contract terms employment law

employee or self-employed?

The tension and frequent confusion which results from different perceptions of whether workers are employed or self-employed from tax and employment law perspectives has kept the courts busy for many years. The latest foray into this problematic topic by the Court of Appeal is in the interesting and significant case of Autoclenz Limited -v- Belcher. In commencing the introduction to her judgment Lady Justice Smith stated “This appeal raises a difficult point in employment law” and she has set out in her judgment an informative and very helpful analysis of the long sequence of important judgments about the issue, from both the tax and employment law perspectives.

The factual background is that 20 valeters worked from Autoclenz at their premises in Measham, Derbyshire. They claimed in the tribunal that they were workers or employees and should therefore be entitled to, for example, holiday pay. Autoclenz maintained that they were self-employed and therefore had no such entitlements. In the tribunal they were found to be employees. The Employment Appeal Tribunal disagreed but held that they were workers (as defined in section 230(3) of the Employment Rights Act 1996).

Lady Justice Smith began with the classic definition of a contract of employment in Ready Mixed Concrete (South East) Limited v Ministry of Pensions [1968]:

“A contract of service exists if these three conditions are fulfilled. (i) the servant agrees that, in consideration of a wage or other remuneration, he will provide his own work and skill in the performance of some service for his master. (ii) He agrees, expressly or impliedly, that in the performance of that service he will be subject to the other’s control in a sufficient degree to make that other master. (iii) The other provisions of the contract are consistent with its being a contract of service”.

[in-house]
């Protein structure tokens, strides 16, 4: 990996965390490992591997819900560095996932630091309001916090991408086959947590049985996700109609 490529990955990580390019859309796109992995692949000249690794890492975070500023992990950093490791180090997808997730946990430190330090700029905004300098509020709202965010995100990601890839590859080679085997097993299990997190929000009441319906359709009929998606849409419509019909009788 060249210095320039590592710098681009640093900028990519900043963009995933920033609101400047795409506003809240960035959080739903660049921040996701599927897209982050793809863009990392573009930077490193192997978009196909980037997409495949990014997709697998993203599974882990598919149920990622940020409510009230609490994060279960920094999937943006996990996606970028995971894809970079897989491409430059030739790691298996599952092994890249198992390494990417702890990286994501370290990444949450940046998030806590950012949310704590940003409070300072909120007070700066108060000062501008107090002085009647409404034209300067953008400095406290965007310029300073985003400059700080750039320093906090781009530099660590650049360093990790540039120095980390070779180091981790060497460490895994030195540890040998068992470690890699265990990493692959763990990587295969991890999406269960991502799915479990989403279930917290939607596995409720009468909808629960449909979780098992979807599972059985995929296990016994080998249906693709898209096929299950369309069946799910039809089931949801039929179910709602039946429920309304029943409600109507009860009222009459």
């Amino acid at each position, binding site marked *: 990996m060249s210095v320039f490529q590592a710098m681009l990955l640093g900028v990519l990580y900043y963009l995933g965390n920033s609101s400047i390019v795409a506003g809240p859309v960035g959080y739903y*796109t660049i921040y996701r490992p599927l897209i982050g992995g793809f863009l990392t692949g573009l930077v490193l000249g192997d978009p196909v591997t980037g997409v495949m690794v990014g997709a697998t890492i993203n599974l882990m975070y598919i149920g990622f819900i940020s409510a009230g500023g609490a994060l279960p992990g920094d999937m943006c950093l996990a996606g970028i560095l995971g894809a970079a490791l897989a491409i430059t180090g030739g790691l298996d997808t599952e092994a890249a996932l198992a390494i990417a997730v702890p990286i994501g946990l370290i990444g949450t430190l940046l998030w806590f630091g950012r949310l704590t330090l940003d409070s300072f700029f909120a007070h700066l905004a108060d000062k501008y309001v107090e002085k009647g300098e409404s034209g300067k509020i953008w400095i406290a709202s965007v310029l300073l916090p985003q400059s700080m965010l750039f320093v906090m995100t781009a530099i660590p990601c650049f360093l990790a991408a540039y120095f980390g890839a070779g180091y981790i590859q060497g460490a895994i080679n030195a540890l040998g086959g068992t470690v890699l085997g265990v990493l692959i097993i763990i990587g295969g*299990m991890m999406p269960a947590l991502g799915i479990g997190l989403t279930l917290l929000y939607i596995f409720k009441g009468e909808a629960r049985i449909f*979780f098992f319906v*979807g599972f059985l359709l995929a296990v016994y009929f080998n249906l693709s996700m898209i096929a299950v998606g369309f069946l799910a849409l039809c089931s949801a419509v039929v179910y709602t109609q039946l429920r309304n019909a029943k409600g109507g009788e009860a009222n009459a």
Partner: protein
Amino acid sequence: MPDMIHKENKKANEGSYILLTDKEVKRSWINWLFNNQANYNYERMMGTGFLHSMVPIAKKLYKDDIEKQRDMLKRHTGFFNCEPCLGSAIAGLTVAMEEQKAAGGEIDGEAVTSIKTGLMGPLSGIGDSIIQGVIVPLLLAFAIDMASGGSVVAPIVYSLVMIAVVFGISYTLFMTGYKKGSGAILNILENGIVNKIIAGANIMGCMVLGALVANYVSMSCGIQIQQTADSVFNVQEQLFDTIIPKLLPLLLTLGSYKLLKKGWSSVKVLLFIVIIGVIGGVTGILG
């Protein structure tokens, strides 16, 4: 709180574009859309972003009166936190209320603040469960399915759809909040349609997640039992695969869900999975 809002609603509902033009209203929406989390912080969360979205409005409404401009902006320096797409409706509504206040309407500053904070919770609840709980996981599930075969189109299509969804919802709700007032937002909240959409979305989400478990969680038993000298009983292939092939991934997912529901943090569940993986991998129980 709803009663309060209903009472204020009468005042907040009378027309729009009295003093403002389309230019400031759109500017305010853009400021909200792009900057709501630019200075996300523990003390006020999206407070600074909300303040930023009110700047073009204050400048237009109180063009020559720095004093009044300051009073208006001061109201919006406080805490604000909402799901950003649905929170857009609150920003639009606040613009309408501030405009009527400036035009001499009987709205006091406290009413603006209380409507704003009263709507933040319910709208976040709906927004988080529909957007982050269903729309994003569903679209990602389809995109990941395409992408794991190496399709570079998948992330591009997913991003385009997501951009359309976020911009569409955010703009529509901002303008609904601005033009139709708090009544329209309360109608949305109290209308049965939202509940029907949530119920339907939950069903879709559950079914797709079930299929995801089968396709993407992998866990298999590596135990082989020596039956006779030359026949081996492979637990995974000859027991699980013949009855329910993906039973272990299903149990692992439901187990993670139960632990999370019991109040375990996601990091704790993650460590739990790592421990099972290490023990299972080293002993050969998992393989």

In Protectacoat Firthglow Ltd v Szilagyi Lady Justice Smith herself identified that the necessary next step is to consider relevant documents:

“In a case involving a written contract, the tribunal will ordinarily regard the documents as the starting point and will ask itself what legal rights and obligations the written agreement creates. But it may then have to ask whether the parties ever realistically intended or envisaged that its terms, particularly the essential terms, would be carried out as written. By the essential terms, I mean those terms which are central to the nature of the relationship, namely mutuality of obligation: Carmichael v National Power [2000] IRLR 43 and the obligation of personal performance of the work.”

Employment lawyers are familiar with the “irreducible minimum of mutuality of obligation” which is a wordy way of saying that an essential characteristic of a contract of employment is that it requires the individual named person to carry out the work so that it is not possible for that person to choose to send someone in their place. This is what was again confirmed in Autoclenz to be the key requirement of a contract of employment. However, the importance of the decision is in making it very clear that, in doing so, it is necessary to look behind what the documents say about this and other matters and instead to look at the reality of the working arrangements in practice.

In 2004 the Inland Revenue conducted an investigation and declared that it was satisfied that the valeters were self-employed for the purpose of assessment for income tax under Schedule D. In 2007. No doubt wishing to reinforce the point Autoclenz issued all valeters with new contracts which included the following:

For the purpose of providing car valeting services to its client’s garages, Autoclenz wishes to engage the services of car valeters FROM TIME TO TIME on a sub-contract basis.